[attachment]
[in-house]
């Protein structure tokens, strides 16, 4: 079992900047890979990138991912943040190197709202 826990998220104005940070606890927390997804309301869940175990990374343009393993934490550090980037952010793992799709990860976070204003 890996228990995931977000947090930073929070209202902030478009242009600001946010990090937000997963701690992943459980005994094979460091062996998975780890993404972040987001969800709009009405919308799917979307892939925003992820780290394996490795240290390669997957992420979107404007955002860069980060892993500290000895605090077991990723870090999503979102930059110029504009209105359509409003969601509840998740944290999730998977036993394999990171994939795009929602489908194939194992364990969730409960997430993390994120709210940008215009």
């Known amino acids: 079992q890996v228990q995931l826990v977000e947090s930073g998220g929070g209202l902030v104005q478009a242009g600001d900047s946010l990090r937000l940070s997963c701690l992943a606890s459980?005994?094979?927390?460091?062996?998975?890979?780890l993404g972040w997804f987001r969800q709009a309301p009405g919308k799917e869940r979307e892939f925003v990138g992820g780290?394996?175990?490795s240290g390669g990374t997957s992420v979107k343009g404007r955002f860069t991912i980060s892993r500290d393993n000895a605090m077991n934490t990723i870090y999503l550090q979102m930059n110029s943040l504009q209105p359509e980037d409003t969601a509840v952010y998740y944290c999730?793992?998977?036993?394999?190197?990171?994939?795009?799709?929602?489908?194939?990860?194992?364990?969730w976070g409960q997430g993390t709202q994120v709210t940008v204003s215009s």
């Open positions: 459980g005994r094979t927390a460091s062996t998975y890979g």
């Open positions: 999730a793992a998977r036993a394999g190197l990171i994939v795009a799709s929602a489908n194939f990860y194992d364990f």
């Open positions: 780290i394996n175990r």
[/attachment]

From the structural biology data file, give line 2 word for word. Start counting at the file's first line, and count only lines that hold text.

């Protein structure tokens, strides 16, 4: 079992900047890979990138991912943040190197709202 826990998220104005940070606890927390997804309301869940175990990374343009393993934490550090980037952010793992799709990860976070204003 890996228990995931977000947090930073929070209202902030478009242009600001946010990090937000997963701690992943459980005994094979460091062996998975780890993404972040987001969800709009009405919308799917979307892939925003992820780290394996490795240290390669997957992420979107404007955002860069980060892993500290000895605090077991990723870090999503979102930059110029504009209105359509409003969601509840998740944290999730998977036993394999990171994939795009929602489908194939194992364990969730409960997430993390994120709210940008215009």